It’s not that this ‘health and safety’ advice from Wellington’s Massey University isn’t sensible, it’s just that it is absolutely insane that we live in a world where the solution to rape is female university students being advised to carry a whistle and wear running shoes.
University spokesman James Gardiner said … “If students don’t wish to carry whistles or wear running shoes, that’s up to them, but that’s just the advice from our health and safety people.”
The full list of advice, according to the newspaper article:
Walk with others if you can
Keep to well-lit areas
Be aware of your surroundings (headphones playing music can distract you)
Walk confidently, be observant
Report suspicious behaviour to campus security.
Report crimes, including threats, to police
Tell someone where you are working, what time you will be home
Carry a whistle and a torch
Have your car keys or house keys ready in your hand
If someone is following you, go to a place where there are people
Wear comfortable shoes, eg: running shoes
Does this sound like a world we want to live in?
Again, no one’s saying it isn’t a ‘safe’ way to live, but might it not be better to address some deeper issues, like – just off the top of my head – men’s violence in our culture, poverty and crime, misogyny, rape culture, parenting skills and raising kids who know how to handle their anger and emotions… Or maybe we should all just get whistles and running shoes.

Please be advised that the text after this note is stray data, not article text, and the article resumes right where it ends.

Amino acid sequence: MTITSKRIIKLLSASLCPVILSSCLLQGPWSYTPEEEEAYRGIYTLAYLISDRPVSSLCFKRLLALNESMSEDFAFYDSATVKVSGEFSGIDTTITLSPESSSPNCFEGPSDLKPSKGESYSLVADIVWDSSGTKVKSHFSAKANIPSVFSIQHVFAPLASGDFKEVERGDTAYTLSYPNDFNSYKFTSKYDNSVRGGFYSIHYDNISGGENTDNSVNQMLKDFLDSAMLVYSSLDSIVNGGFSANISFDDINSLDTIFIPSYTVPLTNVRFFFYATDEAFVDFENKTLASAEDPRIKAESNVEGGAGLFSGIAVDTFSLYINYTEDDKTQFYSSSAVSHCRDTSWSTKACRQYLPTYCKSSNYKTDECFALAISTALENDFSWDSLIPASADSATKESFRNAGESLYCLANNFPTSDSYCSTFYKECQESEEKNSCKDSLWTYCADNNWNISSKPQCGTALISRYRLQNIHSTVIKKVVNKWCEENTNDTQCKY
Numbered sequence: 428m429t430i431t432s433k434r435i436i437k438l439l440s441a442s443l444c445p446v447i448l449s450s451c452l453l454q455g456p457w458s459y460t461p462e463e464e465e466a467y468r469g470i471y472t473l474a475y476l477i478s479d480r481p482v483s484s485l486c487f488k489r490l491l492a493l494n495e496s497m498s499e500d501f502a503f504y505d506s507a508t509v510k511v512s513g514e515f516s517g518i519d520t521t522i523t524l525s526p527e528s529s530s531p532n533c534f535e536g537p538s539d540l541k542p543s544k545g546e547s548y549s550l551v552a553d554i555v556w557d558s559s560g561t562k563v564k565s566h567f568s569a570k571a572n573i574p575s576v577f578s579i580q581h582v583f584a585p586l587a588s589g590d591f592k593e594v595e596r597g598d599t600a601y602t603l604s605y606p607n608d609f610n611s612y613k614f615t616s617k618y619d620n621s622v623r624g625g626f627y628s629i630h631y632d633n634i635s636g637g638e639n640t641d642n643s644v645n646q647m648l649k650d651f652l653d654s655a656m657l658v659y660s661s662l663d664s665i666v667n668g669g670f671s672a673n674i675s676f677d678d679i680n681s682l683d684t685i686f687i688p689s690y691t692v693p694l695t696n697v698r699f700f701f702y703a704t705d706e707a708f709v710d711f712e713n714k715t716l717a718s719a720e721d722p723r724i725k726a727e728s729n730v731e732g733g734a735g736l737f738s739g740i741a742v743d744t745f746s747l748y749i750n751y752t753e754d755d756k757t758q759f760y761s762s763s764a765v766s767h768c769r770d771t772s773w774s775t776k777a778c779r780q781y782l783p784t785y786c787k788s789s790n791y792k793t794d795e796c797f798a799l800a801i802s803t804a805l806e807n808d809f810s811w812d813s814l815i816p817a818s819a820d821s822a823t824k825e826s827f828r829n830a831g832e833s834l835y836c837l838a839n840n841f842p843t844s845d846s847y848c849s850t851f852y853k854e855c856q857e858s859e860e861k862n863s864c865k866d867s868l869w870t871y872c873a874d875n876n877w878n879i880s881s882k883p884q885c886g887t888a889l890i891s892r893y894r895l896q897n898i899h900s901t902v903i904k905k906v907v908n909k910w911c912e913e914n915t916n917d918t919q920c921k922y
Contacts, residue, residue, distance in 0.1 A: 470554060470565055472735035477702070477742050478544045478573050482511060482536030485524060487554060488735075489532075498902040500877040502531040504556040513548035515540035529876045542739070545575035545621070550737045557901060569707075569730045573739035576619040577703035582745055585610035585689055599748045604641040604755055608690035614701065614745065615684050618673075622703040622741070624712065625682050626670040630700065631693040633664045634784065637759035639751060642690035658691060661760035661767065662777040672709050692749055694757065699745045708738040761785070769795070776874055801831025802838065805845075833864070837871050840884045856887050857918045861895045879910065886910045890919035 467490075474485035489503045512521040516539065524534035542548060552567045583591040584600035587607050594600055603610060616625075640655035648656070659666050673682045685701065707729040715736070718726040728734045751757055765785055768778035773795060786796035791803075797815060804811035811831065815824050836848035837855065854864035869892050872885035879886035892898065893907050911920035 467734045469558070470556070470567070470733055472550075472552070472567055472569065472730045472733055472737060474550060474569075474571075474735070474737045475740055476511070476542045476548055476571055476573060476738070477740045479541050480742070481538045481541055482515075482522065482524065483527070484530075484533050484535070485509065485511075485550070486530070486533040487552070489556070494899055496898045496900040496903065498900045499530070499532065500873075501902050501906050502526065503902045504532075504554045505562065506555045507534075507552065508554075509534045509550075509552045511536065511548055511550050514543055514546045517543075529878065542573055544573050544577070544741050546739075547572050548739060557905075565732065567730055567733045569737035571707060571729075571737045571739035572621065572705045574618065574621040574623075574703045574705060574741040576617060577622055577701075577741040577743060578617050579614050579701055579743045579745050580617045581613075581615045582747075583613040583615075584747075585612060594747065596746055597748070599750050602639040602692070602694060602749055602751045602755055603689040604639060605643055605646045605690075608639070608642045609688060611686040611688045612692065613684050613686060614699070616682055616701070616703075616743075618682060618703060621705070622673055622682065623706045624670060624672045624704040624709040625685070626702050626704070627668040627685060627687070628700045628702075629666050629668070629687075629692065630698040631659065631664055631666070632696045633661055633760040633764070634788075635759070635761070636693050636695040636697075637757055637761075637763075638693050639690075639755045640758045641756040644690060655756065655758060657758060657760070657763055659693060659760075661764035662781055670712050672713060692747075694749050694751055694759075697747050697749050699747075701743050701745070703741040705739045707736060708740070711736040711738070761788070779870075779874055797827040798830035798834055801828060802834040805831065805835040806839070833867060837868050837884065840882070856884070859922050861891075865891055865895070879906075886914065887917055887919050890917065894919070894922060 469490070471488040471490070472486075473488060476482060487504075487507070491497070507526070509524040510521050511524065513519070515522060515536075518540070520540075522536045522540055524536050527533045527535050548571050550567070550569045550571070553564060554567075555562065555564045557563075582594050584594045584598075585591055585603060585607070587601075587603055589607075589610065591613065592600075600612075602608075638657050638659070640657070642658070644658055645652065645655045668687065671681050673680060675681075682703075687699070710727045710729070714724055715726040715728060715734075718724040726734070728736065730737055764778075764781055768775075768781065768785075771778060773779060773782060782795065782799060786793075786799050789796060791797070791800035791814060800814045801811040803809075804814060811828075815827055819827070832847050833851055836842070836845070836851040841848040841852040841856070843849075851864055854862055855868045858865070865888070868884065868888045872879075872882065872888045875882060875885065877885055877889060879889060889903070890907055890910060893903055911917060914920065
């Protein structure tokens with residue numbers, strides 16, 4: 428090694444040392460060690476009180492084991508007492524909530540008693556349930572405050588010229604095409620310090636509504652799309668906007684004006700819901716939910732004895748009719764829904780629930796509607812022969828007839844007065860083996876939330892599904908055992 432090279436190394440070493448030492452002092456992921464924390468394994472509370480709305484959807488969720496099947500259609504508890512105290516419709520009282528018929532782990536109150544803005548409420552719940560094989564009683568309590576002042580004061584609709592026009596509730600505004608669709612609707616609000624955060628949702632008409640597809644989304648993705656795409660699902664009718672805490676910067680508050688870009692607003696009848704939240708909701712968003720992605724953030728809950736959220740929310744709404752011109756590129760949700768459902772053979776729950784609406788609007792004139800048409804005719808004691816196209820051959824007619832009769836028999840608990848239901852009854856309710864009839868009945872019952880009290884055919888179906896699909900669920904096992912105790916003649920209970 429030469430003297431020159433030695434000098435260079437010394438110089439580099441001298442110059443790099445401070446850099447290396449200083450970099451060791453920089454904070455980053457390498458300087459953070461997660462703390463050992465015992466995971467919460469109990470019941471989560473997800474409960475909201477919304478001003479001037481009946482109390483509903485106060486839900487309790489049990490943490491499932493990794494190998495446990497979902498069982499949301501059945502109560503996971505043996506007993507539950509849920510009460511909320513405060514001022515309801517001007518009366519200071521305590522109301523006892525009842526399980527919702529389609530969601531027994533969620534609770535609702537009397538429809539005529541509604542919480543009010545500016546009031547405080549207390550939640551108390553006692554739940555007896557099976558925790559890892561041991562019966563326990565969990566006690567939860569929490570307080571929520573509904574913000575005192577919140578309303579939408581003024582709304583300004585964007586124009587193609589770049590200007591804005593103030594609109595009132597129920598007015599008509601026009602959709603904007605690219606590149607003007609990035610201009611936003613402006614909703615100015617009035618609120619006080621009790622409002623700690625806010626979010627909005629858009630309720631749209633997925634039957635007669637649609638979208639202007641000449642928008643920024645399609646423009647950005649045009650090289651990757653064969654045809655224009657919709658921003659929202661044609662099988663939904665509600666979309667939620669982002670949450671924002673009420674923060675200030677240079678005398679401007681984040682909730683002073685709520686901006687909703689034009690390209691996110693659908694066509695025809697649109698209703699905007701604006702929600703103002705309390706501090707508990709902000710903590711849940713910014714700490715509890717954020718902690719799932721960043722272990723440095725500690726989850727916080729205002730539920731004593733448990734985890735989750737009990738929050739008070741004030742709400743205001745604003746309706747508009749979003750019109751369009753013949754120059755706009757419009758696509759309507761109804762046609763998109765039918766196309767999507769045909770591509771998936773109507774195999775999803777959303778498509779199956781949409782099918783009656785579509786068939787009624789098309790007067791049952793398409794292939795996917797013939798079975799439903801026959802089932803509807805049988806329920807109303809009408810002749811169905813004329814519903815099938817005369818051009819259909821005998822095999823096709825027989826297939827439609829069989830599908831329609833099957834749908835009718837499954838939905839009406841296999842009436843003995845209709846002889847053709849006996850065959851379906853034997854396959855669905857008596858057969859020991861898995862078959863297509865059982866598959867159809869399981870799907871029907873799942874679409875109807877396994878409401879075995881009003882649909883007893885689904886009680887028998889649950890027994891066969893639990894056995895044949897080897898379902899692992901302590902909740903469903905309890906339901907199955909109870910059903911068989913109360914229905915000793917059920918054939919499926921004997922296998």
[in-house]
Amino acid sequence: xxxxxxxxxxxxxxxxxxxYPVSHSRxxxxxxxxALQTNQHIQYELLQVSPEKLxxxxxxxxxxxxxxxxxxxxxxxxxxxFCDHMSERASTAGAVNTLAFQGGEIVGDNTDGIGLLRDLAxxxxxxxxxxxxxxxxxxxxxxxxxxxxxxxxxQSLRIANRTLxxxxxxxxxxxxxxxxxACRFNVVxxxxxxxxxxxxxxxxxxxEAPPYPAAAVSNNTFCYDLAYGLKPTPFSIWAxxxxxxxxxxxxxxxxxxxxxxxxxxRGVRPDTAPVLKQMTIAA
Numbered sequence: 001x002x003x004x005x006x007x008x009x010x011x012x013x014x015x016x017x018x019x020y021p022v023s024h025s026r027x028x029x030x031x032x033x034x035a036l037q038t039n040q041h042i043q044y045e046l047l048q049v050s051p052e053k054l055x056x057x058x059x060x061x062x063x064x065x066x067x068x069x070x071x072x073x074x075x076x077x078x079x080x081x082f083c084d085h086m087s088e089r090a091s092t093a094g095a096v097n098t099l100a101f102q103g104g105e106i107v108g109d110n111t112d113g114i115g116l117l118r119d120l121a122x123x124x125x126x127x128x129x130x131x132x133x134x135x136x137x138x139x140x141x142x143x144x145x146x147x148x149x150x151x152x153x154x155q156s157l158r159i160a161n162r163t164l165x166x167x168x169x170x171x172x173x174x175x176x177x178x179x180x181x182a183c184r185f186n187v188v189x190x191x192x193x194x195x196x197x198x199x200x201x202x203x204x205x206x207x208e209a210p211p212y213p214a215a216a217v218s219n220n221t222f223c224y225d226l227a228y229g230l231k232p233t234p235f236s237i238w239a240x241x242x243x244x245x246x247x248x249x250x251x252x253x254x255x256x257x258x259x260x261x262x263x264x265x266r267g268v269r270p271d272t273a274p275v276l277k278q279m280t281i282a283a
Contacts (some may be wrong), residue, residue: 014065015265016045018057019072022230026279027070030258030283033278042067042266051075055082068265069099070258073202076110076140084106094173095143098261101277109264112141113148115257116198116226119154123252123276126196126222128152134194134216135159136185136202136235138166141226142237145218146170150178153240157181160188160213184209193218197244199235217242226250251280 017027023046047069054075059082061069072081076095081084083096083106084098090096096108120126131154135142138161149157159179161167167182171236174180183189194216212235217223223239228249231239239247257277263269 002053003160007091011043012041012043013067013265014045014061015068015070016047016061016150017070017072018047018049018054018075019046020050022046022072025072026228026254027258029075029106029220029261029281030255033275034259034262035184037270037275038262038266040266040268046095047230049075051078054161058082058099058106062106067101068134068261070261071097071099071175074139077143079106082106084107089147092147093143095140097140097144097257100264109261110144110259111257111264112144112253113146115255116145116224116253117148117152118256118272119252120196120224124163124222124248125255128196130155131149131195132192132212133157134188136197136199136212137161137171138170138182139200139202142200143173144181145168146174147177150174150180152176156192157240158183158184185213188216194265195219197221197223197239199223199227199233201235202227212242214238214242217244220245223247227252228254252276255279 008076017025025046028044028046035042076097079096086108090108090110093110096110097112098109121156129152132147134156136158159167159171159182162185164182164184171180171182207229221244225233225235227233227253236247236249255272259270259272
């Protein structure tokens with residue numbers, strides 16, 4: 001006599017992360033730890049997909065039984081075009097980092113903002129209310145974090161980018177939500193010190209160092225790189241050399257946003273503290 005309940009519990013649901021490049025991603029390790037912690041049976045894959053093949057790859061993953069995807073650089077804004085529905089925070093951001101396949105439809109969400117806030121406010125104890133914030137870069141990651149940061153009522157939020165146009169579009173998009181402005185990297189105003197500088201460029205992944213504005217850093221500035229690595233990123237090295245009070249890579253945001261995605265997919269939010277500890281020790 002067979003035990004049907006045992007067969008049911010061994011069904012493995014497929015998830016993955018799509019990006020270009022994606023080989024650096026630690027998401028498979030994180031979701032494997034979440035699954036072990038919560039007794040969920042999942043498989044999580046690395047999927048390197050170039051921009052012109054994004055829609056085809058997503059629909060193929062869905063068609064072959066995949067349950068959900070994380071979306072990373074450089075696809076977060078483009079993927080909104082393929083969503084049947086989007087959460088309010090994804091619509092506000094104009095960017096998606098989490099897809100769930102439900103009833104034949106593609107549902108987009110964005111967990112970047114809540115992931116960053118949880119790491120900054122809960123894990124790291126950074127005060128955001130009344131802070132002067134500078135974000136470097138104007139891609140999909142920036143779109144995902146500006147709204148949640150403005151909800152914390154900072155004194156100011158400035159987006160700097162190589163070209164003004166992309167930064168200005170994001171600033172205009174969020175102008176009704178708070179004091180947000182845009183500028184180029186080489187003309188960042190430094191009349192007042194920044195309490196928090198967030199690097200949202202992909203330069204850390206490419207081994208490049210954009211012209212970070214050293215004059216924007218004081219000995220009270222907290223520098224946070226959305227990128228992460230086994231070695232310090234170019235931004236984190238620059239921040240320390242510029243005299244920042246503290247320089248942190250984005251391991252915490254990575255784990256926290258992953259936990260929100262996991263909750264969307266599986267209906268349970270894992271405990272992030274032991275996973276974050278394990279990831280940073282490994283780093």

And if you think that carrying a whistle, or following all the rest of the ‘health and safety’ advice, will stop you being raped, remember this profound post from bluemilk:
Don’t go out and get drunk, it could lead to you getting raped. Also, don’t have sex with someone because it could get you raped by someone they know. Don’t be young, that could definitely get you raped. While we’re at it, especially don’t be a child, that could really get you raped. Don’t be older either, that can get you raped. Don’t be living in a nursing home; women get raped there. In fact, what are you even doing in an establishment like that, are you asking for it?
[Read more at bluemilk – actually, read everything she’s written there, ok?]
I know that the university is just trying to do the best it can, and it can’t change rape culture in Wellington overnight, so perhaps it’s just best to talk about whistles and running shoes.
I think what I’d appreciate is whenever anyone – especially the police – give out rape safety advice aimed at potential victims, that they include an explicit acknowledgement that the causes of rape are nothing to do with whistles or shoes. That would go some way to changing the way people think about rape and violence and victim-blaming.
What do you think?
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